NASA and Boeing Complete Orbital Flight Test Reviews

NASA and Boeing have completed major reviews of the company’s uncrewed Orbital Flight Test in December 2019 and are continuing with preparations to refly the test, designated Orbital Flight Test-2 (OFT-2), to the International Space Station as part of NASA’s Commercial Crew Program.


“NASA and Boeing have completed a tremendous amount of work reviewing the issues experienced during the uncrewed flight test of Starliner,” said Steve Jurczyk, associate administrator at NASA. “Ultimately, everything we’ve found will help us improve as we move forward in the development and testing of Starliner, and in our future work with commercial industry as a whole.”

The joint NASA-Boeing Independent Review team completed the final assessment into the intermittent space-to-ground communication issue detected during the first uncrewed Orbital Flight Test of Boeing’s Starliner spacecraft. The review team previously completed its investigation into the two other primary anomalies experienced during the test. With the completion of the investigation’s third and final focus area, the review team identified a total of 80 recommendations that Boeing, in collaboration with NASA, is addressing, with action plans for each already well under way. Although the full list of recommendations is company sensitive and proprietary, the categories of the corrective and preventative actions are as follows:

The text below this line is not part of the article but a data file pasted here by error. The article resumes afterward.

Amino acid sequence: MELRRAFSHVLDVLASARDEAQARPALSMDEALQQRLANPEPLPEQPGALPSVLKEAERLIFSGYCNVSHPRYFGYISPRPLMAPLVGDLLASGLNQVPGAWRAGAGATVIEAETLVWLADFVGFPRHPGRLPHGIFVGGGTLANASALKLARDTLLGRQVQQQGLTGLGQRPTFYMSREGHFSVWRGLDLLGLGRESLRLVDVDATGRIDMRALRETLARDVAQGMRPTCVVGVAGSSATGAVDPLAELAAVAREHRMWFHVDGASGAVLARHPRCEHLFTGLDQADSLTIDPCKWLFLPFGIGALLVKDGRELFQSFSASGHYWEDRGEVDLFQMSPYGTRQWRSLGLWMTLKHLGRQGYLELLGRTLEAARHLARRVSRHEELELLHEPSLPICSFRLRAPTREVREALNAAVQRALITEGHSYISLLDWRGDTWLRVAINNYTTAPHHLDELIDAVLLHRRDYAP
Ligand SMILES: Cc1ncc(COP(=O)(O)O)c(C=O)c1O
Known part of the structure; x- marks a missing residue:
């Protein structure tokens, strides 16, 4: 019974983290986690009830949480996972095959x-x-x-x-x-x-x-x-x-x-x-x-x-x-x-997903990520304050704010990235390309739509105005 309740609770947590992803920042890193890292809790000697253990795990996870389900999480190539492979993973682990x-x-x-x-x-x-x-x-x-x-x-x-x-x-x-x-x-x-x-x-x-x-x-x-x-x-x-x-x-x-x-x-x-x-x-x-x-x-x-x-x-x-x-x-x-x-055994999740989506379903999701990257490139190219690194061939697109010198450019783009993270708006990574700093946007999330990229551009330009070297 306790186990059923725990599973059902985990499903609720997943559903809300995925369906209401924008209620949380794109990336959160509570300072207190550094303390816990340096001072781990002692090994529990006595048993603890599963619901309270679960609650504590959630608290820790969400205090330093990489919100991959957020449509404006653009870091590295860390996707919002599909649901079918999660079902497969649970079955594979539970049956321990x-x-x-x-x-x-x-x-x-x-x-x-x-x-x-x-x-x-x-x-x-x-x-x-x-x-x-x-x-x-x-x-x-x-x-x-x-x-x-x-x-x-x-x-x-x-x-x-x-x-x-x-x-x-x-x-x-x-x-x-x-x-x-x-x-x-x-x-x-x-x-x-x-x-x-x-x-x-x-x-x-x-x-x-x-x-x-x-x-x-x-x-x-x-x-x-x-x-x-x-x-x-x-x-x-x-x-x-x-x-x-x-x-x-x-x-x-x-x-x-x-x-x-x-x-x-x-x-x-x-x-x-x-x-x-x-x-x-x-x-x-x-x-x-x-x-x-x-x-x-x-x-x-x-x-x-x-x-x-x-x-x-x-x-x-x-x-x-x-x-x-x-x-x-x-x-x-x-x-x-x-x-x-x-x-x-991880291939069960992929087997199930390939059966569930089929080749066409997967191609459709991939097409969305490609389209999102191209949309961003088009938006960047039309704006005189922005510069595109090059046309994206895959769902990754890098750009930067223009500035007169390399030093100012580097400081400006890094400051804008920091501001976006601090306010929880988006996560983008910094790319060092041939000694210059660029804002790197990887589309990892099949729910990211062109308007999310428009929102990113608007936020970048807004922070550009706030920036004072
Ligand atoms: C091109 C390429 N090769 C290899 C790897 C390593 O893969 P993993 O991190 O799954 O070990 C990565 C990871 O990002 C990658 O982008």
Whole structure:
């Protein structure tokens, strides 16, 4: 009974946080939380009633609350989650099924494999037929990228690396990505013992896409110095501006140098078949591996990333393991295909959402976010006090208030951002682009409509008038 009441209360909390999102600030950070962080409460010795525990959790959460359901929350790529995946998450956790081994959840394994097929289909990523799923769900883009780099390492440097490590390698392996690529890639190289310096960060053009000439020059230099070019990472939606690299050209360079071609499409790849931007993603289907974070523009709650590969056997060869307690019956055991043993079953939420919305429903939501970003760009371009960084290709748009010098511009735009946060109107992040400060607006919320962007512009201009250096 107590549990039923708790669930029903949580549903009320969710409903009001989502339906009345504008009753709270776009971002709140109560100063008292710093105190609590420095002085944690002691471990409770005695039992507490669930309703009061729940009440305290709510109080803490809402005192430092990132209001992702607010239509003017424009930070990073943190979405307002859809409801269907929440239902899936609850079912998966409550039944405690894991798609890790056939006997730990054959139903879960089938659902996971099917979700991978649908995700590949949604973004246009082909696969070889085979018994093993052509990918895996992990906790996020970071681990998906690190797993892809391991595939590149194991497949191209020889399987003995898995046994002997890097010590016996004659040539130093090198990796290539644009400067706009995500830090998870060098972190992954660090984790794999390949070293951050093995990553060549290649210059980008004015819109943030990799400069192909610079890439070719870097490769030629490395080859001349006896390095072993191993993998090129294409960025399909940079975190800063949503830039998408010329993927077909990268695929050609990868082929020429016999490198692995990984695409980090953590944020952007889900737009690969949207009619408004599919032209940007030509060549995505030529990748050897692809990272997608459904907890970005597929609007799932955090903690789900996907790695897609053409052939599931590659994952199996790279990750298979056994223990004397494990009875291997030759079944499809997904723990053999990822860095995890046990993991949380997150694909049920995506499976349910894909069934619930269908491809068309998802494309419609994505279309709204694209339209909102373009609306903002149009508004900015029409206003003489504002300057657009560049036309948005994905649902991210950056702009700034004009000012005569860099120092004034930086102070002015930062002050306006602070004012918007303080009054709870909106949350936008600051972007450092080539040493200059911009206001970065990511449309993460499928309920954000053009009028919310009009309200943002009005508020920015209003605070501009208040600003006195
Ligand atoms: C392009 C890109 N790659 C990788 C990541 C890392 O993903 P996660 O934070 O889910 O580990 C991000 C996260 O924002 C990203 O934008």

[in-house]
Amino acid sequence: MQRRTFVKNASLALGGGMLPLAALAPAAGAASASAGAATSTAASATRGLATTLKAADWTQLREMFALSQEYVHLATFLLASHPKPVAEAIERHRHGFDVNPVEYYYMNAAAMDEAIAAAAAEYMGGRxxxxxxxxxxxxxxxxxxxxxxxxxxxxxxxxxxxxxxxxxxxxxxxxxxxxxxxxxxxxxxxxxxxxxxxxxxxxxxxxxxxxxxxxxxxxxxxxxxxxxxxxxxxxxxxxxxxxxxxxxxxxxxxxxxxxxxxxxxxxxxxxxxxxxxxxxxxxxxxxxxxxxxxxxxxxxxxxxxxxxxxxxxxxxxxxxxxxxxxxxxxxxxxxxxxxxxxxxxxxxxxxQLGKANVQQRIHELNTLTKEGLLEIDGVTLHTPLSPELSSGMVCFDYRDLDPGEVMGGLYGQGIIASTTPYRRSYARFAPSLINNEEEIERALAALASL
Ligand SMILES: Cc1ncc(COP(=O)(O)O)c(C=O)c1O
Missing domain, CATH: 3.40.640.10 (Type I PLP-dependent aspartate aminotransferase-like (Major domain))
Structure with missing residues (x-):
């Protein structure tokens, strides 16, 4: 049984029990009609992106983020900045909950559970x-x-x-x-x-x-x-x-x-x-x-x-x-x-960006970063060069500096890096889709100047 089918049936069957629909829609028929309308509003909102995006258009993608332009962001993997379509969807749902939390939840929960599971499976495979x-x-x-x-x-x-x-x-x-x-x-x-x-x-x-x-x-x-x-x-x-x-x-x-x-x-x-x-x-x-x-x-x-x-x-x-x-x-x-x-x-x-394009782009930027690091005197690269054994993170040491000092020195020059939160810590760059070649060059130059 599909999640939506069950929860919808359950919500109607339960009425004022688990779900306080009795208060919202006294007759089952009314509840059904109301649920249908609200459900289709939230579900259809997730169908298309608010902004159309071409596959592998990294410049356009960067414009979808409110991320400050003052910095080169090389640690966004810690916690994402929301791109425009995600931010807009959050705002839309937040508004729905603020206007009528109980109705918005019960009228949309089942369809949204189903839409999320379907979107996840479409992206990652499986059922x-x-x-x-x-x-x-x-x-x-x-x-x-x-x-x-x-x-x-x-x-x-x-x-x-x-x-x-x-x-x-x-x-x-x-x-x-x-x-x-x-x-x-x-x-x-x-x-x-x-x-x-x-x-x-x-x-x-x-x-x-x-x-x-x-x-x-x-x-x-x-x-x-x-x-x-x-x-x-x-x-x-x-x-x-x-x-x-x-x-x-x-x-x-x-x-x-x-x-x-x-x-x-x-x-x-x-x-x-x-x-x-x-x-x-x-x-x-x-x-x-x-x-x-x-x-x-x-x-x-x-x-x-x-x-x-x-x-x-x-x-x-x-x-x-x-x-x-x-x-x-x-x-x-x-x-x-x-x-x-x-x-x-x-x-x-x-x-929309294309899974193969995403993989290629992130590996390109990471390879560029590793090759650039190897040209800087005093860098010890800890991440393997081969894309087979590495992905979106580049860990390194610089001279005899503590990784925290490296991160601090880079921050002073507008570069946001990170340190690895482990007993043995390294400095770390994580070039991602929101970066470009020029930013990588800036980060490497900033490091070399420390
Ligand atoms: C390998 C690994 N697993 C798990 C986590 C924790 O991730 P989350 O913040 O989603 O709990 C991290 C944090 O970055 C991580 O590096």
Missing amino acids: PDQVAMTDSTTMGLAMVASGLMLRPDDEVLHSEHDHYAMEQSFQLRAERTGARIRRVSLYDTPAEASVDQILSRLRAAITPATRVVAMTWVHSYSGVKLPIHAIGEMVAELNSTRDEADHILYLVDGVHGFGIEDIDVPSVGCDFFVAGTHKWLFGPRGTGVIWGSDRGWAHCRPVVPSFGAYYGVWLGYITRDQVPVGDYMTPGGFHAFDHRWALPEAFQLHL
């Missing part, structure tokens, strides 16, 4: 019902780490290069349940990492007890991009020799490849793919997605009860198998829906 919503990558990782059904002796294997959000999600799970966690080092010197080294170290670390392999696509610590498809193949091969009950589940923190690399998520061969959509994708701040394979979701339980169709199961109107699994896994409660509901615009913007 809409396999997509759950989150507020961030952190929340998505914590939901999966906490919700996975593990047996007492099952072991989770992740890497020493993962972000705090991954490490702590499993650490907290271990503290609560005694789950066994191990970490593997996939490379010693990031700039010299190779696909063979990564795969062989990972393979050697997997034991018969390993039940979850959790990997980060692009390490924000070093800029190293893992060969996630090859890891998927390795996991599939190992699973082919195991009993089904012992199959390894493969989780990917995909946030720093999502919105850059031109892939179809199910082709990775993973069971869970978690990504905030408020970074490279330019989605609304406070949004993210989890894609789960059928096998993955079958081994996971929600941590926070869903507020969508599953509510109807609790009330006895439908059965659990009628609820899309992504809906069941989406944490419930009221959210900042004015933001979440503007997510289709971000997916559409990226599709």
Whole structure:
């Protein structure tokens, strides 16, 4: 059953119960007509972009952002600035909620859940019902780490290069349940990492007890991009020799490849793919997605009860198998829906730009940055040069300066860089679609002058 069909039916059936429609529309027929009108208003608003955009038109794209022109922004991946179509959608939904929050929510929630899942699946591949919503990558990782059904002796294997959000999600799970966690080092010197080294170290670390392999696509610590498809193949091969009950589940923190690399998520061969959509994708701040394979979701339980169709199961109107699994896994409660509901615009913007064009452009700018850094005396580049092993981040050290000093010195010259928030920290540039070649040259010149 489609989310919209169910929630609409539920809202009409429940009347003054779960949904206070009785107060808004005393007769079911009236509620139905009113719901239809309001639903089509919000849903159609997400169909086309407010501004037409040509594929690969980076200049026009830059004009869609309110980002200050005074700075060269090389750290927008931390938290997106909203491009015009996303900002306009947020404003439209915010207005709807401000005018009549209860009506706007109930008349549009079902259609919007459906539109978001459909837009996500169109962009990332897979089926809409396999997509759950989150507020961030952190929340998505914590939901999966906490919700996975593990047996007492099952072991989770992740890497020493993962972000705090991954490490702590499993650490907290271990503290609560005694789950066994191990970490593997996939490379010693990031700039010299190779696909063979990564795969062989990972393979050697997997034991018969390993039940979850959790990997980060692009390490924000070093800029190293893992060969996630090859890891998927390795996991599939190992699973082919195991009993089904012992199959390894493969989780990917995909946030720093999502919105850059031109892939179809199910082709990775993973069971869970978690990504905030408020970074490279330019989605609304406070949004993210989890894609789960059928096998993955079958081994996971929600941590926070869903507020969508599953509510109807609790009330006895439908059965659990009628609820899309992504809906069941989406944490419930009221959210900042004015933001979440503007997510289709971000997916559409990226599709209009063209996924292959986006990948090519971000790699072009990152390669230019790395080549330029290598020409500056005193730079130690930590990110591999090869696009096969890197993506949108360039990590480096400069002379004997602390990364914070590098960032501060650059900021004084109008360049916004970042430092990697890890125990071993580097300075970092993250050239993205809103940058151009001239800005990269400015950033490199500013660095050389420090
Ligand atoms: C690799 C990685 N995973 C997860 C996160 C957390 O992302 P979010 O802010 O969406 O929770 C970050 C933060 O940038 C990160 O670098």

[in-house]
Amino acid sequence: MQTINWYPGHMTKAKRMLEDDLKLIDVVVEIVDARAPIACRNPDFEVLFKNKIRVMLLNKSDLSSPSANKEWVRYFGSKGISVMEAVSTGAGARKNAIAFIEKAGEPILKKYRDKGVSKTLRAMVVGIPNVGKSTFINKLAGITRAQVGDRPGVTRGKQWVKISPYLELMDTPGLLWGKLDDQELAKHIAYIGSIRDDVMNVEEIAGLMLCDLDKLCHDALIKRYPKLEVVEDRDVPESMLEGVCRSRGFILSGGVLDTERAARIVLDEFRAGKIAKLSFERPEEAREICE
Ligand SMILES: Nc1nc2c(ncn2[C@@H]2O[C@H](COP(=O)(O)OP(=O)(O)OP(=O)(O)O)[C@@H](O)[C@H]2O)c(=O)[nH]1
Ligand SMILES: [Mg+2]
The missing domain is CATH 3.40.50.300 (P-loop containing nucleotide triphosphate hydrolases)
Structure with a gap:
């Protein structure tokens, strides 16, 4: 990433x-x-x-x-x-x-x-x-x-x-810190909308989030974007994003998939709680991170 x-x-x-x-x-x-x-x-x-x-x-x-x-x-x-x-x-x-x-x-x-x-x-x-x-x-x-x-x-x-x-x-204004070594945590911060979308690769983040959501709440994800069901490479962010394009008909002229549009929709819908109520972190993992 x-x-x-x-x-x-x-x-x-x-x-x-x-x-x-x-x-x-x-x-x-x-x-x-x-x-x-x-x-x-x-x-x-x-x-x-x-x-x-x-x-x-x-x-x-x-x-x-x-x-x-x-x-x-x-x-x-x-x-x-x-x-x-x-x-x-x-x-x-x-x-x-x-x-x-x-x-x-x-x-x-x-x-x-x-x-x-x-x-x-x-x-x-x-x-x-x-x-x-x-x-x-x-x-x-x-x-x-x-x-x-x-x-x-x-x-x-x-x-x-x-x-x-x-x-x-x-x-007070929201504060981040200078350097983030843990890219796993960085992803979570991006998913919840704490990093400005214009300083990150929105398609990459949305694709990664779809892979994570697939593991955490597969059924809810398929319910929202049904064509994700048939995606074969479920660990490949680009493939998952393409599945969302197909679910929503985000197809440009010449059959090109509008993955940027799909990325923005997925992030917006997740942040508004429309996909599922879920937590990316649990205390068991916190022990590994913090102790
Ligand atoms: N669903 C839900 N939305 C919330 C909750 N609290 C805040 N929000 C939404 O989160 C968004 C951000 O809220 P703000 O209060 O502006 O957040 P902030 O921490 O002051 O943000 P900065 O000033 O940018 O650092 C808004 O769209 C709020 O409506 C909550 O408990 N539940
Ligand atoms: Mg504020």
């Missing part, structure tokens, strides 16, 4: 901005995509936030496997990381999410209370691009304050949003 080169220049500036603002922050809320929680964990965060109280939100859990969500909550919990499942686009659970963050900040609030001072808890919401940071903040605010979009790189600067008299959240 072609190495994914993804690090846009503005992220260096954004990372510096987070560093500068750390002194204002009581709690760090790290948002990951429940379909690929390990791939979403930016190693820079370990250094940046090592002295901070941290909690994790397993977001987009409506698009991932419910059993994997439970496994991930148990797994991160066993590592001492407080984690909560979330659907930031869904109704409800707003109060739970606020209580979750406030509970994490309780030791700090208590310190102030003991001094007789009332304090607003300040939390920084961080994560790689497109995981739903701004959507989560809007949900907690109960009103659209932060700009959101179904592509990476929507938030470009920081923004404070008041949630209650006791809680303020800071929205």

• Testing and Simulation: 21 recommendations including the need for greater hardware and software integration testing; performance of an end-to-end “run for record” test prior to each flight using the maximum amount of flight hardware available; reviewing subsystem behaviors and limitations; and addressing any identified simulation or emulation gaps.

  • Requirements: 10 recommendations including an assessment of all software requirements with multiple logic conditions to ensure test coverage.

  • Process and Operational Improvements: 35 recommendations including modifications to change board documentation; bolstering required participants in peer reviews and test data reviews; and increasing the involvement of subject matter experts in safety critical areas.

  • Software: 7 recommendations including updating the software code and associated artifacts to correct the Mission Elapsed Timer Epoch and Service Module disposal anomalies; and making the antenna selection algorithm more robust.

  • Knowledge Capture and Hardware Modification: 7 recommendations such as organizational changes to the safety reporting structure; amending the Independent Verification and Validation (IV&V) approach; and the addition of an external Radio Frequency (RF) filter to reject out-of-band interference.

As a result of this work and Boeing’s separate analysis, the company proactively announced in April it would fly a second orbital test at no cost to the government to prove the Starliner system meets NASA’s requirements, including docking to the space station.